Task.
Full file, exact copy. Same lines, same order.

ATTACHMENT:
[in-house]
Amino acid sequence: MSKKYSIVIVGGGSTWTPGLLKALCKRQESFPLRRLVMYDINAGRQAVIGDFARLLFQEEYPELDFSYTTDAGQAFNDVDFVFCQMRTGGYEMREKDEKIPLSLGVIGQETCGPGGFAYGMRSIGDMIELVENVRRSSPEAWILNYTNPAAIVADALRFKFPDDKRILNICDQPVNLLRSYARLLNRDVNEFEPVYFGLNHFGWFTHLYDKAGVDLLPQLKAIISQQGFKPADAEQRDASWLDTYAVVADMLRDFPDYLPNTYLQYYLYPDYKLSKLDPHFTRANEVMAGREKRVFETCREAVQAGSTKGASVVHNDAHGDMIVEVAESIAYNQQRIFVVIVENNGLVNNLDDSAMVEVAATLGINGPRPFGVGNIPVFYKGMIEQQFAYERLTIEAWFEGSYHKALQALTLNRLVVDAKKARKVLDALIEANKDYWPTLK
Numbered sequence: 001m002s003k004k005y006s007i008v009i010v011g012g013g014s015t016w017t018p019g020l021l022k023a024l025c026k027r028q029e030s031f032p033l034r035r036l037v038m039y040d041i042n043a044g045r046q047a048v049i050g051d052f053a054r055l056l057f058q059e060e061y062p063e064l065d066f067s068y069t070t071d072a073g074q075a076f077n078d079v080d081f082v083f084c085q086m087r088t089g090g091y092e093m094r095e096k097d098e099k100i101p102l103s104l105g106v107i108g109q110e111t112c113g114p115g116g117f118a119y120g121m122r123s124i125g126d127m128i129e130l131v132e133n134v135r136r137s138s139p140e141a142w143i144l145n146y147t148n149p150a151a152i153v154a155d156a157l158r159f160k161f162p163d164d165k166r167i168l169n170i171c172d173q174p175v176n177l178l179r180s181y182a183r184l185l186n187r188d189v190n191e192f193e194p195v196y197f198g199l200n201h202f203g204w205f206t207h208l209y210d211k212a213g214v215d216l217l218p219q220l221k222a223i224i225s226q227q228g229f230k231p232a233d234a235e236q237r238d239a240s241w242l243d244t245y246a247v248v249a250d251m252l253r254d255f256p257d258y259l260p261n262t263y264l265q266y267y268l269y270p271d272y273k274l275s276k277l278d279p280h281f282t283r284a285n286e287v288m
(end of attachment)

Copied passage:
[in-house]
Amino acid sequence: MSKKYSIVIVGGGSTWTPGLLKALCKRQESFPLRRLVMYDINAGRQAVIGDFARLLFQEEYPELDFSYTTDAGQAFNDVDFVFCQMRTGGYEMREKDEKIPLSLGVIGQETCGPGGFAYGMRSIGDMIELVENVRRSSPEAWILNYTNPAAIVADALRFKFPDDKRILNICDQPVNLLRSYARLLNRDVNEFEPVYFGLNHFGWFTHLYDKAGVDLLPQLKAIISQQGFKPADAEQRDASWLDTYAVVADMLRDFPDYLPNTYLQYYLYPDYKLSKLDPHFTRANEVMAGREKRVFETCREAVQAGSTKGASVVHNDAHGDMIVEVAESIAYNQQRIFVVIVENNGLVNNLDDSAMVEVAATLGINGPRPFGVGNIPVFYKGMIEQQFAYERLTIEAWFEGSYHKALQALTLNRLVVDAKKARKVLDALIEANKDYWPTLK
Numbered sequence: 001m002s003k004k005y006s007i008v009i010v011g012g013g014s015t016w017t018p019g020l021l022k023a024l025c026k027r028q029e030s031f032p033l034r035r036l037v038m039y040d041i042n043a044g045r046q047a048v049i050g051d052f053a054r055l056l057f058q059e060e061y062p063e064l065d066f067s068y069t070t071d072a073g074q075a076f077n078d079v080d081f082v083f084c085q086m087r088t089g090g091y092e093m094r095e096k097d098e099k100i101p102l103s104l105g106v107i108g109q110e111t112c113g114p115g116g117f118a119y120g121m122r123s124i125g126d127m128i129e130l131v132e133n134v135r136r137s138s139p140e141a142w143i144l145n146y147t148n149p150a151a152i153v154a155d156a157l158r159f160k161f162p163d164d165k166r167i168l169n170i171c172d173q174p175v176n177l178l179r180s181y182a183r184l185l186n187r188d189v190n191e192f193e194p195v196y197f198g199l200n201h202f203g204w205f206t207h208l209y210d211k212a213g214v215d216l217l218p219q220l221k222a223i224i225s226q227q228g229f230k231p232a233d234a235e236q237r238d239a240s241w242l243d244t245y246a247v248v249a250d251m252l253r254d255f256p257d258y259l260p261n262t263y264l265q266y267y268l269y270p271d272y273k274l275s276k277l278d279p280h281f282t283r284a285n286e287v288m